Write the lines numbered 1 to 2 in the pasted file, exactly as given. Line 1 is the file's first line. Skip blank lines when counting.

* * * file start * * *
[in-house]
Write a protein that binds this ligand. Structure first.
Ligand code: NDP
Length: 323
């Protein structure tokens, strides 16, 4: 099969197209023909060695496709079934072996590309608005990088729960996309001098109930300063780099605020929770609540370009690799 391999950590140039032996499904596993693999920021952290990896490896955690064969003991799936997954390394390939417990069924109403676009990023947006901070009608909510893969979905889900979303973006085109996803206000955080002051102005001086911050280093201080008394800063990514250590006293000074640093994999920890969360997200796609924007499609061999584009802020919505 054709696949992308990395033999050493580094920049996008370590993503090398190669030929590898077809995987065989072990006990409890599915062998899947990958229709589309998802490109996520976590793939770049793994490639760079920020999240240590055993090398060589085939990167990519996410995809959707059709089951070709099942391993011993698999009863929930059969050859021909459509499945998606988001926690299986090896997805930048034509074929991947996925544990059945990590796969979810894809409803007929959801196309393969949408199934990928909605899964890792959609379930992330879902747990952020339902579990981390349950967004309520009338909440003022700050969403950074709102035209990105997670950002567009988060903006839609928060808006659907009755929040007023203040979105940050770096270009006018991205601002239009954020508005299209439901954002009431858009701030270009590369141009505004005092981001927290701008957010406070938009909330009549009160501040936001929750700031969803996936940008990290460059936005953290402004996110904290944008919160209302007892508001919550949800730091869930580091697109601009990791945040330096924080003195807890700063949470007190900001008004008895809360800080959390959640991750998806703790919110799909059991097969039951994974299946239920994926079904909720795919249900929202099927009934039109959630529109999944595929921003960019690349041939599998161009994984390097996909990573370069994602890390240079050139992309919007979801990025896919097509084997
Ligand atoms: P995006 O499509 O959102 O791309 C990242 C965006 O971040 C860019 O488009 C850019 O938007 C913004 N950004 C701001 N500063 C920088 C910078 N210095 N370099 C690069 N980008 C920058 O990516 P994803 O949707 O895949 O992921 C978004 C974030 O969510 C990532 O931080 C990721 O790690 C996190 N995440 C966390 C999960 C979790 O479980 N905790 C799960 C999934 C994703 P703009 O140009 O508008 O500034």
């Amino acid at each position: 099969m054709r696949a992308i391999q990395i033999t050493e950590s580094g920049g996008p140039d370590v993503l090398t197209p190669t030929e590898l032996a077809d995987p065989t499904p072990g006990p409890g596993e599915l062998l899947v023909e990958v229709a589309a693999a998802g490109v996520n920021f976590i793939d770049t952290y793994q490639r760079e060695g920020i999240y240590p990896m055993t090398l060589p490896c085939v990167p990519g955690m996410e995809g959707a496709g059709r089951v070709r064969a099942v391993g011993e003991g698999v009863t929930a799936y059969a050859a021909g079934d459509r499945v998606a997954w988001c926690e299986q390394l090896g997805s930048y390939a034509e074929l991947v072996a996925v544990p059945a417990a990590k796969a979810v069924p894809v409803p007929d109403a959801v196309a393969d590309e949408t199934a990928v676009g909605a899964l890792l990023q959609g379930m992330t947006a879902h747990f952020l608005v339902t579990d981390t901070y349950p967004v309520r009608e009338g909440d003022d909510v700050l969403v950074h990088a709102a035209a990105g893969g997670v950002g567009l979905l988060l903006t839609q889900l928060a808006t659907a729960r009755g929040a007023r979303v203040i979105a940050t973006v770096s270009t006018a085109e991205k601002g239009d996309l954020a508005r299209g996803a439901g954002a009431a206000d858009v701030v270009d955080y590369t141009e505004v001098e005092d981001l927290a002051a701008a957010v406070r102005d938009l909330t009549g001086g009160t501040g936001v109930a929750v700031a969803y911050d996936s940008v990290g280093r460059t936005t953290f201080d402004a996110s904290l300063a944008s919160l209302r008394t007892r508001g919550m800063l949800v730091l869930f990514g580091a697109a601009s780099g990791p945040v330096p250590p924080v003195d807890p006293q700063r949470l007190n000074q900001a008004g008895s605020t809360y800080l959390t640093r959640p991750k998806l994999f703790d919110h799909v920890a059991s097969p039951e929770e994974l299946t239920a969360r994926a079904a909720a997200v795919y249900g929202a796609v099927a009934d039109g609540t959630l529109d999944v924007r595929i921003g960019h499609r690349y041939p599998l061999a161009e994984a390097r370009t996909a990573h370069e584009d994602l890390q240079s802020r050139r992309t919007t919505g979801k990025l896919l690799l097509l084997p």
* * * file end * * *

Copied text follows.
[in-house]
Write a protein that binds this ligand. Structure first.